There are a few different prompts besides the standard one button press. A pulsating button symbol represents actions requiring endurance or strength (like pushing something over), and means you have to tap it repeatedly and as quickly as possible. An arrow indicates a direction that must be executed with the right stick. A dotted lines means the action must be executed slowly, for actions that require precision (like treating wounds). The game also makes use of the motion sensors. Though awkward at first, I found soon enough that executing motion control commands are just about as easy as button commands, thanks to the use of simple movements, excellent calibration and forgiving recognition. Often the game will also have you hold multiple buttons at once, to simulate complex body movements (like climbing and navigating small spaces). Fortunately, the hold button sequences are rarely long or complicated, so you won’t usually feel like you’re playing Twister on your controller.
While normal dialogue decisions are dotted throughout, the game will frequently present you with other, much tougher ones. Regardless of what you choose, regardless of what happens, the plot will move on, forcing you to deal with the consequences of the decisions you make (unless you play cheap and just replay the chapter). In Heavy Rain there’s little such thing as a game over. If a character dies, the plot moves on without him or her, adapting to their absence. If all the playable characters die, the plot simply concludes early.
Moving on to the technical side of things, Heavy Rain is a mixed bag in terms of visual fidelity. For the most part, animation is excellent, though it shows its computer-generated weaknesses every now and then. The commands are integrated extremely well into the game so as to not be overly distracting, but still get your attention. Environments look swell overall, though I thought the level of detail was not the same among some objects. Each chapter’s load screen presents the moving face of the character you’ll be playing as for that chapter in a ridiculously lifelike fashion, though the character models aren’t quite so detailed during gameplay. Simply put, visual quality is impressive most of the time, but somewhat inconsistent. I do however applaud the camera work, the overall visual themes are topnotch. Constant heavy rainfall throughout the story runs parallel to Ethan’s sorrow and depression, and plenty of gray, brown and green hues are thrown in to help convey the darker tone of the story.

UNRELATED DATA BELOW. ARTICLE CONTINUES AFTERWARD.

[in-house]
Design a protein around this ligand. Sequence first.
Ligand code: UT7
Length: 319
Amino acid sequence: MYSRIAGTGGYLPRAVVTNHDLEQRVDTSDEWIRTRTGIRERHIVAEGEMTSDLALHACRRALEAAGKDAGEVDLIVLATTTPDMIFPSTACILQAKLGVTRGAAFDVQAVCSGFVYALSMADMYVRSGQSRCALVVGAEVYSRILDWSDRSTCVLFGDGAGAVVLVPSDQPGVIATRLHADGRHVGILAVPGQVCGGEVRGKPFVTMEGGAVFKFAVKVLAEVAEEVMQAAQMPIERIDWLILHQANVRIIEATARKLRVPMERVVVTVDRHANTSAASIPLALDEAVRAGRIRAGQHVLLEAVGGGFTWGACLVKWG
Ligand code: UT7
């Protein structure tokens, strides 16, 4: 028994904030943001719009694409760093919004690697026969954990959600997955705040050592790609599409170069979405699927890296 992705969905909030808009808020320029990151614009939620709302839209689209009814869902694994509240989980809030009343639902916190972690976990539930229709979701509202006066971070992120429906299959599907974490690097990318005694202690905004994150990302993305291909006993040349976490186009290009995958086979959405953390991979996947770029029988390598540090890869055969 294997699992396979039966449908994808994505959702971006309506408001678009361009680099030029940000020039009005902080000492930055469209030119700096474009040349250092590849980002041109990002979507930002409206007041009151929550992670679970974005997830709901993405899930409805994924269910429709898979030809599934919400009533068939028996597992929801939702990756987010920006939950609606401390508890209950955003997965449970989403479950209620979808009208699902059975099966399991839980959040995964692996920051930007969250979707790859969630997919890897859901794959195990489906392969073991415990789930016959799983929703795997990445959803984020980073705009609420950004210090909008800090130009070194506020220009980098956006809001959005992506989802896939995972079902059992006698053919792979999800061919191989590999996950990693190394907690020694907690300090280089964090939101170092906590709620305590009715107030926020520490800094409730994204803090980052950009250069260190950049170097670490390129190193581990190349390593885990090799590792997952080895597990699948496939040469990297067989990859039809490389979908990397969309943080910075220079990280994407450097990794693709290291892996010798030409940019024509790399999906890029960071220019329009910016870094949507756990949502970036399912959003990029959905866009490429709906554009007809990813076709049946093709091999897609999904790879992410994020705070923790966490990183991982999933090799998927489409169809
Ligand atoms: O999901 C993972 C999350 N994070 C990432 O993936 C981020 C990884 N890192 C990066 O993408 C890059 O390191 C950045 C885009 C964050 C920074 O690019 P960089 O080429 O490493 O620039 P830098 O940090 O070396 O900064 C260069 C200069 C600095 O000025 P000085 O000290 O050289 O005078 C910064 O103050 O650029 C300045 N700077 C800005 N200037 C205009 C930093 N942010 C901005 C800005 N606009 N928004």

The audio is another mixed bag. Characters are voiced pretty well generally, enough that they can adequately deliver on the game’s more intensely emotional scenes, but it’s not perfect, which wouldn’t be a big deal in most other games, but stands out here because the plot and presentation are the big hooks. It stands to reason that voice acting should be damn near perfect, as a result. Fortunately, the soundtrack picks up whatever slack the VOs drop. Nearly every bit of the BGM is an aural delight, and the sound design helps to pull you further into the game than anything else I’ve experienced in some time.
Unfortunately, the game is one of the buggier ones I’ve played in recent times. Though framerate issues are few and far between, the game has frozen on me a couple times, and I’ve known the audio to skip or blatantly loop. Most of these have only minor impacts on the player however, due to the game autosaving pretty much every couple of minutes, and the ability to jump right back to your last save point from the main menu.
Heavy Rain offers a great experience, one definitely worth having. But perhaps more importantly, it represents a milestone in digital entertainment. Quantic Dream took a basic plot and gave you the reigns to push it where you want. Despite being QTEs, action cutscenes are surprisingly intense, and will no doubt have you on the edge of your seat. Both the audio and visuals, while not perfect, both serve to pull you into the experience, and do so to remarkable effect. One playthrough will only take several hours to beat, but most of the 60-some chapters can be replayed in multiple different ways, with different choices and actions, and of course there are many, many endings to this tale. Seeing all there is to see in this game will take quite some time indeed. A 9/10.